Read the paper online.

In a nutshell: the fungus infects males and causes them to exactly mimic the mating behavior of female cicadas, thus infected males end up spreading the fungus to uninfected males.

Abstract:

Male periodical cicadas (Magicicada spp.) infected with conidiospore-producing (“Stage I”) infections of the entomopathogenic fungus Massospora cicadina exhibit precisely timed wing-flick signaling behavior normally seen only in sexually receptive female cicadas. Male wing-flicks attract copulation attempts from conspecific males in the chorus; close contact apparently spreads the infective conidiospores. In contrast, males with “Stage II” infections that produce resting spores that wait for the next cicada generation do not produce female-specific signals. We propose that these complex fungus-induced behavioral changes, which resemble apparently independently derived changes in other cicada-Massospora systems, represent a fungus “extended phenotype” that hijacks cicadas, turning them into vehicles for fungus transmission at the expense of the cicadas’ own interests.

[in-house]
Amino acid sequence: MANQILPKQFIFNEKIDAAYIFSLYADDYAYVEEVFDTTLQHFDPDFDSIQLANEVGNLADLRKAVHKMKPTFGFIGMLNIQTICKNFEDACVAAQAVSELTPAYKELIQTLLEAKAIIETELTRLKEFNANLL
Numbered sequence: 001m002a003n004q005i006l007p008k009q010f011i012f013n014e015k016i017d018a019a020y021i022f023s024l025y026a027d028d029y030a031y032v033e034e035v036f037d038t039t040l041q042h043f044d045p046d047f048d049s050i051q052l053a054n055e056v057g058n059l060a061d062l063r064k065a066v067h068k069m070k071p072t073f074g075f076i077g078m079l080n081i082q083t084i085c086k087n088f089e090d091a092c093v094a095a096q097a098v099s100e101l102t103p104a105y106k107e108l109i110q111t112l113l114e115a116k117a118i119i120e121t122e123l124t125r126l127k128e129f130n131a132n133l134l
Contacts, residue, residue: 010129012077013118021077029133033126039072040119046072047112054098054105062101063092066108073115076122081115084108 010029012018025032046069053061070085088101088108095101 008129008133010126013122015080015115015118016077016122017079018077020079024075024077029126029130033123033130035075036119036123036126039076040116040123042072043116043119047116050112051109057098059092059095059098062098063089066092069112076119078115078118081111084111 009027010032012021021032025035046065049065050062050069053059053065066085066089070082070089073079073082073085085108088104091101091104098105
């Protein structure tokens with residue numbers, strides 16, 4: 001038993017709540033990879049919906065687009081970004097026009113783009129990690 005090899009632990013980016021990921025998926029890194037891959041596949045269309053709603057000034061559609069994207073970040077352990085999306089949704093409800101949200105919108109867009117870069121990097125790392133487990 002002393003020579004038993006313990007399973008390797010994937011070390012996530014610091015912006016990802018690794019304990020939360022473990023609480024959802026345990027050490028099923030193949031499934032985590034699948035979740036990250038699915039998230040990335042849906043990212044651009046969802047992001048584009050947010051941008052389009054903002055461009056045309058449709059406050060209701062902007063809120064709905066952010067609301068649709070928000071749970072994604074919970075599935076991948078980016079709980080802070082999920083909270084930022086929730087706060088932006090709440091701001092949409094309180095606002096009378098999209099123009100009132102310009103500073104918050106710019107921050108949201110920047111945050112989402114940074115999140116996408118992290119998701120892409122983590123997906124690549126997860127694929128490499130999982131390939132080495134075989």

And now, because I need an image for the post: a meme:

Fungus Bae

Cicadas, when infected, are called “salt shakers of doom”. Add that to the meme “Salt Bae”, and the image makes sense.